Back in the day, when I was in the ad biz as a creative director, I often marveled at the so-called “creative partnership” between writers and graphic designers. As one would marvel at, say dogs and cats sharing a dish of meat.
That’s how it works at most agencies of any size, they have these little pods of creativity, pairings that at first compete with other pods for the best assignments, then become the primary creative engine for generating billable client work.
The Account Manager role? That’s just an intermediary. Someone who takes the client to lunch a lot. It’s that creative team that makes or breaks the account, and frankly, they aren’t all that much fun at lunch.
On paper the writer and the designer share equal responsibility for the concept, content and execution of projects, but in reality the roles and expectations are more clearly and succinctly defined.
One writes, the other designs. And often, when one tries to hop into the other’s sandbox, trouble ensues. Especially when one is operating under the naïve illusion they can do the other’s job.
In over 25 years in that business, I never met a graphic designer who could write killer a line of copy. Vanilla, sure. But vanilla isn’t worth $200 an hour.
And I never met a writer who, even if they could wrap their head around it, aspired to the mastery of design software.
A Pod of One
These days, as a blogger with a whopping six online months under my belt, I see such partnerships differently.
Because for the most part there are two core competencies required to get a decent blog up and running – that’s on top of the wheelhouse expertise the blog is all about in the first place – and once again, it’s pretty rare when someone is a mad genius at both.
Perhaps not as rare as a designer who can write pithy copy, but I’m just sayin’.
The secret weapon in this business, even if you are all alone with your blog, as most of us are, is to find an expert resource to cover your ass.
The CYOA of Getting Mentored
If you’re a writer, you’ll need someone to make sense of the techno-gibberish that dominates the how-to oeuvre of blogging’s conventional wisdom.
If you’re a technophile, you may need a real writer to make you credible and marketable.
I’m of the former ilk. I can write my techno-lame ass off, and I understand that I need to cover that ass with a vendor who knows their way around the requisite software.
I’m lucky. I’ve hooked up with a bit of a wizard, one who could, for a modest fee, reprogram the space shuttle on short notice. And she’s only 25 bucks an hour.
Such a secret weapon is the best investment in the blogging universe.
If it’s your writing you need shored up, chances are you’ll have to spend more than $25 an hour to get a proven pro, unless you outsource to a third world country via Elance or some other sweat-shop level of intermediary, which are out there in spades.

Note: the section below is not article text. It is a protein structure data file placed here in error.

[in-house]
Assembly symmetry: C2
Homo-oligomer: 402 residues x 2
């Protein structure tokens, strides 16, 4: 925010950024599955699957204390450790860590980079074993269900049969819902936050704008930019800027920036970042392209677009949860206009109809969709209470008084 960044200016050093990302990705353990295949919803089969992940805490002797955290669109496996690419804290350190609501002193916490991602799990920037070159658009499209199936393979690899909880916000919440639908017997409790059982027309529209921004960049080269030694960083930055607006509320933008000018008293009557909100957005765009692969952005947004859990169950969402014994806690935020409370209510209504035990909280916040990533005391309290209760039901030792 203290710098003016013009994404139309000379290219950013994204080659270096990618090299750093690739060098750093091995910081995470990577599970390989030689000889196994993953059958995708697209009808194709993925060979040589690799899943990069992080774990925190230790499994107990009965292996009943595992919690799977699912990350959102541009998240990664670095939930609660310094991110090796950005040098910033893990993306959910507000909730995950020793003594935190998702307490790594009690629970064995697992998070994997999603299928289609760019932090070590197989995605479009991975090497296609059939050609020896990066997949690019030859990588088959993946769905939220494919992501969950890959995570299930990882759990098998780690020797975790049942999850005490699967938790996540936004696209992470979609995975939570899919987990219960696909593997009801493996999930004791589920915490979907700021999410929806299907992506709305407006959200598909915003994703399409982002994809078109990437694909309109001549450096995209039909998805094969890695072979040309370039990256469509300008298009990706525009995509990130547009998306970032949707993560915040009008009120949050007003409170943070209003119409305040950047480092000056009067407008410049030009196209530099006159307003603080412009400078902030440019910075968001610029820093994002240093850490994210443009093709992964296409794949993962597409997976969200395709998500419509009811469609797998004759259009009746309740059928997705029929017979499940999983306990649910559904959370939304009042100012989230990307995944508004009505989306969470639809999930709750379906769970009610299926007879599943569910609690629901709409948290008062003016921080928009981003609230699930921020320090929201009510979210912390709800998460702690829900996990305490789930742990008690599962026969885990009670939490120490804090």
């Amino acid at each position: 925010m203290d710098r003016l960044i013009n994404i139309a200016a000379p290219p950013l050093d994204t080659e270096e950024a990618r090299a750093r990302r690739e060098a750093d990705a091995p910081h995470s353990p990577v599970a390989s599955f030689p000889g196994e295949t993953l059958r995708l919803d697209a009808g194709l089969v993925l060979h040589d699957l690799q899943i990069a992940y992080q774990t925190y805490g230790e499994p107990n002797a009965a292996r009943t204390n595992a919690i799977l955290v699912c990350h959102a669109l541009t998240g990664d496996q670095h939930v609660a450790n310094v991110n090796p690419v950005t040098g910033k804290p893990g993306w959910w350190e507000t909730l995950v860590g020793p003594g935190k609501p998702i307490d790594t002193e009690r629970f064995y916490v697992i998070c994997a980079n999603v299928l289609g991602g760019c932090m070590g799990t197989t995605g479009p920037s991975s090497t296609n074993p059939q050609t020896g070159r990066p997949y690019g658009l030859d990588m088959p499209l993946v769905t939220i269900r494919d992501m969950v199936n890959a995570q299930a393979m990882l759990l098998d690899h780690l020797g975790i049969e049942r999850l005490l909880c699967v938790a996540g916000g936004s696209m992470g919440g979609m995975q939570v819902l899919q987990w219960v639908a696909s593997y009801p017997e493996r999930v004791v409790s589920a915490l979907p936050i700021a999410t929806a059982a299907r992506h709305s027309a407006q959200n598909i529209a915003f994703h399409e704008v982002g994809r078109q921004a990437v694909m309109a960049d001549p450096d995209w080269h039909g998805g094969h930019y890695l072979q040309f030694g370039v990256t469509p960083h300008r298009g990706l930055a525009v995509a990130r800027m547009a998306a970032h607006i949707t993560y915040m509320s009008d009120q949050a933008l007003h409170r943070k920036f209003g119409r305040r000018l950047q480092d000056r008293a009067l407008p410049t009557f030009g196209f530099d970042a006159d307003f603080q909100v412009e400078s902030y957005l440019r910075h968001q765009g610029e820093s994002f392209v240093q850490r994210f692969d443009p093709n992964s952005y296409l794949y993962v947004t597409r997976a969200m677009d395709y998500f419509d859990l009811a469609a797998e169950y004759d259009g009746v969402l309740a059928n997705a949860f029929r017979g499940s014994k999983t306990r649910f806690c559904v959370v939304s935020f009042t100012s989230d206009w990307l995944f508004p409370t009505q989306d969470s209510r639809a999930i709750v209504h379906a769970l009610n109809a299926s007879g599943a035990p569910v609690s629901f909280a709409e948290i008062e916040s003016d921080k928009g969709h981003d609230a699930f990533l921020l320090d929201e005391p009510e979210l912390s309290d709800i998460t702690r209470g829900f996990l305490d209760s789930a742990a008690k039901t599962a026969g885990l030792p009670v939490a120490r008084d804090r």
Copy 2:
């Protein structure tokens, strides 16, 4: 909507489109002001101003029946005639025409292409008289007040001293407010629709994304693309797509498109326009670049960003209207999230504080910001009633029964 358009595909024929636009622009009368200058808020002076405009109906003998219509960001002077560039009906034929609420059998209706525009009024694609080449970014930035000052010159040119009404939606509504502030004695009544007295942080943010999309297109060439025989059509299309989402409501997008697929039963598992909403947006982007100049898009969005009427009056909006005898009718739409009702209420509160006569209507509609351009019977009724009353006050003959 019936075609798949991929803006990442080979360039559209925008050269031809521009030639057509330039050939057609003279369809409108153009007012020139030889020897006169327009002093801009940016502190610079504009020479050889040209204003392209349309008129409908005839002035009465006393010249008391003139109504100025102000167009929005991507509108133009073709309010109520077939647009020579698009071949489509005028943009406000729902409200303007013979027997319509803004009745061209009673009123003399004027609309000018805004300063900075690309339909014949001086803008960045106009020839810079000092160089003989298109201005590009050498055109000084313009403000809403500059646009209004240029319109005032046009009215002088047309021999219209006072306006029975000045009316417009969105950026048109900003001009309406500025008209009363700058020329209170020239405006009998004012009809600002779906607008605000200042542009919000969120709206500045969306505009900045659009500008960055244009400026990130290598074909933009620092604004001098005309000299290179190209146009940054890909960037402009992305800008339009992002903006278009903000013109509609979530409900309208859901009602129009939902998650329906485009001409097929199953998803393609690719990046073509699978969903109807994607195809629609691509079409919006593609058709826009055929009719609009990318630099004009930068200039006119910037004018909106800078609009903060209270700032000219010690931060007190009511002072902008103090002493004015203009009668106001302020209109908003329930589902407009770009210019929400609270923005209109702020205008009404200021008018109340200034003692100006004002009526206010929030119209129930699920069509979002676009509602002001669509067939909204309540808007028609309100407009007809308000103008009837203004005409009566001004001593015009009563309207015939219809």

Good luck with that, by the way. In writing, you absolutely get what you pay for. On the technical side, that’s not as true — for $25 an hour I have a consultant who knows everything I don’t, and then some. Which, rather than saying something lame about me, actually says something pretty amazing about her.
Getting Out of Your Own Way
One difference between the two camps – professional level writers and people who are at home with HTML – is that one often takes the other for granted.
Writers who are technically challenged realize they are dead meat without a propeller head in their camp.
Tech geeks, however, too often think they can write well enough to brand them in the bloggosphere, or that writing isn’t that hard or even necessary beyond a fifth grade reading level. It’s the great and eternal trap of engineering-think, one that I remember well from those ad agency days — if you build it they will come is no truer in blogging than it is in advertising. And if your client was, in fact, an engineer, you were in for a fight.
For some types of blogs that may be valid. But if you want a massive influx of readers, you need to give them something read that transcends codes and plug-ins.
Because always, a blog’s essence is delivered through its words, as well as its content.
It’s just like dating, you may be a cool person with deep emotional substance, great personal integrity and a significant trust fund, but if your personal hygiene suggests Mickey Rourke after a week-long camping trip in an equatorial climate, good luck getting beyond eHarmony.com.
Sometimes the difference between loneliness and stardom is a good tailor, a competent barber and a gym membership. Toothpaste, too.
With blogs, it’s not just about content, and it’s not just about writing.
You need home runs in both core competencies. And unlike that little dating analogy, the good news is that you can – and should – go out and buy whatever it is you lack.
And if that particular and analogy floats your boat… to paraphrase Moliere, think about this: blogging is like prostitution. First you do it for love. Then you do it for a few friends. And finally, you do it for the money.
Hopefully, you’ll never completely lose the love. With a secret weapon in your pocket – no analogous pun intended there, I swear – you have a good shot at having both.